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Tuesday, August 9, 2022

Academics & Research

UH Entrepreneurship program ranked No. 3 in the nation

Princeton Review’s most recent rankings land the University of Houston’s entrepreneurial program third in the nation.

The Wolff Center for Entrepreneurship at UH was established in 1991 with the financial support of Cyvia and Melvyn Wolff, founder of Star Furniture and pillars of the Houston business community. Since then, the program has grown into one of the most consistently top ranked entrepreneurial programs in the country.

The application process is sophisticated and students are expected to write essays, create a video and go through multiple interviews, Associate Director for the WCE Ken Jones said.

“We want the prospective students to show us their creativity and how they work under pressure,” Jones said.

While the process to gain admission into the program is rigorous, the admissions committee is looking for more than just the grades.

“We’re looking for students with drive and initiative,” Jones said. “It’s not all about good grades, although that certainly ties in. Having passion is what we’re really looking for.”

The admissions committee wants to see students with business instincts and even some entrepreneurial efforts of their own, according to Jones.

Once students are admitted, they’re equipped with some of the best resources the Houston community has to offer, according to Clinical Assistant Professor for the WCE Carlos Ortega.

“We try to give our students the tools they’ll need to be successful once they’re in the business world,” said Jones. “They have mentors from the community who spend hours with them.”

By the end of the semester, students in the program will have made hundreds of connections and gained invaluable experience.

“It’s a pretty vigorous program which requires a lot of outside work and involvement,” said Ortega. “But it prepares the students for the obstacles they’ll eventually face.”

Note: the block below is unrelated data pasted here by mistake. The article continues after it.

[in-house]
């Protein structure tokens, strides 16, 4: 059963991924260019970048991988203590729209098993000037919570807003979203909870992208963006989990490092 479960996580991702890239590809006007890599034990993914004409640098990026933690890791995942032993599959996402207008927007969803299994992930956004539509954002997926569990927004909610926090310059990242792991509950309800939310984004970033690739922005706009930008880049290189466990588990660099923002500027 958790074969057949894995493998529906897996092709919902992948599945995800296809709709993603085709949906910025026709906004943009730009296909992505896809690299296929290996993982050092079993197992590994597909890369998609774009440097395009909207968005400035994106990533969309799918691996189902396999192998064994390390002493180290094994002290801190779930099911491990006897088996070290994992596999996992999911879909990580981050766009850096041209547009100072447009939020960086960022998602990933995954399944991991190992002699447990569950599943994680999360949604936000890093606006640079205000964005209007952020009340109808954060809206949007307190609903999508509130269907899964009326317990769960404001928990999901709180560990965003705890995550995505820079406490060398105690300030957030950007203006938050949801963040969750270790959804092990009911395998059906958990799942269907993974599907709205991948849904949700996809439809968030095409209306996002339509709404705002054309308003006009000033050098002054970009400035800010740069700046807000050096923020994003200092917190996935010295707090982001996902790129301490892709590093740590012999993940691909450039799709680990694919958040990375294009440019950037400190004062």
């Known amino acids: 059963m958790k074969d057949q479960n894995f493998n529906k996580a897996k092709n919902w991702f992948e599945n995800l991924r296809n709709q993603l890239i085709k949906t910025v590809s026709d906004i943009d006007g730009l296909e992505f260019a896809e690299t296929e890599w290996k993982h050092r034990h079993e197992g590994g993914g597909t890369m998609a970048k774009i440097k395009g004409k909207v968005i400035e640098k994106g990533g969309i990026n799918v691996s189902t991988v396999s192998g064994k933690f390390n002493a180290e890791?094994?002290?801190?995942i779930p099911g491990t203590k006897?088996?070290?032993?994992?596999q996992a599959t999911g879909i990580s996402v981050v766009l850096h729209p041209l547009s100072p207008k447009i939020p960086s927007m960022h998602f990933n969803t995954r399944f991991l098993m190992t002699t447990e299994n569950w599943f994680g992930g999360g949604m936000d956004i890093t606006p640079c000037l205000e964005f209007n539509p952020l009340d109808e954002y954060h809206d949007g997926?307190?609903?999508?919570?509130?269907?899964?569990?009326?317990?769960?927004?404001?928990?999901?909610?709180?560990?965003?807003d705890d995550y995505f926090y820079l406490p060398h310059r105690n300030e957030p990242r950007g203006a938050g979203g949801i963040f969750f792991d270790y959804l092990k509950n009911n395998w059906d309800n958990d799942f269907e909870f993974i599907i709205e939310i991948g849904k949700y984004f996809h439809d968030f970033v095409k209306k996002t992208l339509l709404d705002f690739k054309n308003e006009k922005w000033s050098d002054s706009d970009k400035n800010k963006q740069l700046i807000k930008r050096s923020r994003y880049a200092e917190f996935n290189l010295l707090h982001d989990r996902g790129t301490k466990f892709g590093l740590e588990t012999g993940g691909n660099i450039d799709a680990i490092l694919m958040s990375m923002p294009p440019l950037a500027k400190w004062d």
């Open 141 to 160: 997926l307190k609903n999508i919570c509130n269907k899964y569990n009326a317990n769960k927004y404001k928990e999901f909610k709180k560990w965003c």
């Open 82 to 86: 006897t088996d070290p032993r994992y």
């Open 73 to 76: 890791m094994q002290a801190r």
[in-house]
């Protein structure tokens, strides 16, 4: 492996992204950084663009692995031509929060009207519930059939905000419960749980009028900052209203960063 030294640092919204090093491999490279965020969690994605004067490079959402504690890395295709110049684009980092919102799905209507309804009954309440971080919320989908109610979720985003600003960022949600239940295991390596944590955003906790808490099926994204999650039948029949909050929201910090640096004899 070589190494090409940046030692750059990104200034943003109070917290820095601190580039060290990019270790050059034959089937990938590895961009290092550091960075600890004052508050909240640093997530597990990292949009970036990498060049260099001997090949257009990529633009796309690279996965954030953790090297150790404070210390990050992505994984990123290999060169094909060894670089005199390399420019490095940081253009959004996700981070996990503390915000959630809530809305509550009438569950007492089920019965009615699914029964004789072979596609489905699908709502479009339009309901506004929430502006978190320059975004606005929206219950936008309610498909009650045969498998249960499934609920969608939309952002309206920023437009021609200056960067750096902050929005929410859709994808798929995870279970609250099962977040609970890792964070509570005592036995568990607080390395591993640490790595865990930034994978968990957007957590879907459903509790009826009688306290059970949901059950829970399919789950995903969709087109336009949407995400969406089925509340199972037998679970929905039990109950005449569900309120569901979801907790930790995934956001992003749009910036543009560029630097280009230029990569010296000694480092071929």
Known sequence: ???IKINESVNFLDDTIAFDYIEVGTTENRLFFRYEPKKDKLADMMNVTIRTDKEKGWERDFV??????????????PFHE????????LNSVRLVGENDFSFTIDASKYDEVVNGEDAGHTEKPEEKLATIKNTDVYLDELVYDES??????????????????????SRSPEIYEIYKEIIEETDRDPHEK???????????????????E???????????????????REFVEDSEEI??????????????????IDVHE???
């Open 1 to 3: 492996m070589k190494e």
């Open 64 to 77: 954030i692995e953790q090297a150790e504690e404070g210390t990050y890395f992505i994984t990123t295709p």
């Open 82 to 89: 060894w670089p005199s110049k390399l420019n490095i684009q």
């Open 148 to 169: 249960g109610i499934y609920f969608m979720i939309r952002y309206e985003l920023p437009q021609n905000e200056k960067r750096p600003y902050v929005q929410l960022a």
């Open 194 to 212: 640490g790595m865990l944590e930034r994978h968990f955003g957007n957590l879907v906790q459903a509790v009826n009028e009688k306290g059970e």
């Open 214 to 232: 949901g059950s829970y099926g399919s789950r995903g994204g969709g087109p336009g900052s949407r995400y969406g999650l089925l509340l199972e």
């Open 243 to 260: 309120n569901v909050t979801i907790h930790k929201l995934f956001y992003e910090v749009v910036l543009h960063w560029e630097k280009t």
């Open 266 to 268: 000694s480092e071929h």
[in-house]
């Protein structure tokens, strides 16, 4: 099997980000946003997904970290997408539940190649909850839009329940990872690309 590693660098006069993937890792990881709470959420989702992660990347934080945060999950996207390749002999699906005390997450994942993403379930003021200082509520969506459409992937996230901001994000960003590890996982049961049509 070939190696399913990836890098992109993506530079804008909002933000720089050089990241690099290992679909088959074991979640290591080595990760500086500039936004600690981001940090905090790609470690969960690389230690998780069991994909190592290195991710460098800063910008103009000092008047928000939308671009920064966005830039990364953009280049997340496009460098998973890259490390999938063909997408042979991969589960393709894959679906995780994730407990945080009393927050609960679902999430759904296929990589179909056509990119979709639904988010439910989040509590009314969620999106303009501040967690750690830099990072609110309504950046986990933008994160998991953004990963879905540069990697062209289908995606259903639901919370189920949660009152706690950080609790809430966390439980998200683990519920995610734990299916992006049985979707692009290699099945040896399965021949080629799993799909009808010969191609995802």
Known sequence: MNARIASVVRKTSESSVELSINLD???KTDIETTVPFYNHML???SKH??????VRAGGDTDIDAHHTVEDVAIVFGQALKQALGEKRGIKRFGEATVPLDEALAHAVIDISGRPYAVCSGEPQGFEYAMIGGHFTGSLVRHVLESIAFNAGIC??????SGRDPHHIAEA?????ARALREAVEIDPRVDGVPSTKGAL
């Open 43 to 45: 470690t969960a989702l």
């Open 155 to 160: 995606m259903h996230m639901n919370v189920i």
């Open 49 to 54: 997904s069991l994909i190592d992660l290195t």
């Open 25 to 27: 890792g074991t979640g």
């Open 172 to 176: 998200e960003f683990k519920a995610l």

Ortega also credits the program’s success to its faculty.

“I don’t know another group of people who are as committed to the success of their students as the faculty here,” Ortega said. “It’s a genuine willingness to see the students succeed and that’s essential.”

The staff aims to prepare its students to head a variety of businesses as well.

“Everything from accounting, to business law, to marketing and sales, to non-profits and tech startups – an entrepreneur does all of these things,” Ortega said.

According to Ortega, the most crucial element to the program’s rise in national ranks is the support of Houston entrepreneurs.

“I think what makes this program successful starts with strong backing from the community,” Ortega said. “We have a strong commitment from mentors and lots of people willing to give their time to our students.”

Houston has given the students in the program a unique advantage. In an article published by Entrepreneur, Houston is listed as one of the best cities for startups due to tax breaks and a thriving import and export market.

“Houston isn’t just a great city for big business,” said Ortega. “It’s also one of the most entrepreneurial cities in the United States.”

Forbes ranked Houston as the tenth most entrepreneurial city in the United States with nearly 10 businesses for every 100 people and a favorable cost of living index at 94.2 percent.

Ortega also attributes their students’ success to the diversity of Houston as it prepares students to do well in any environment as graduates.

“The diversity in Houston is a huge benefit, learning to work with all sorts of people,” Ortega said. “These students can take what they learn here, apply it anywhere else in the world and be successful.”

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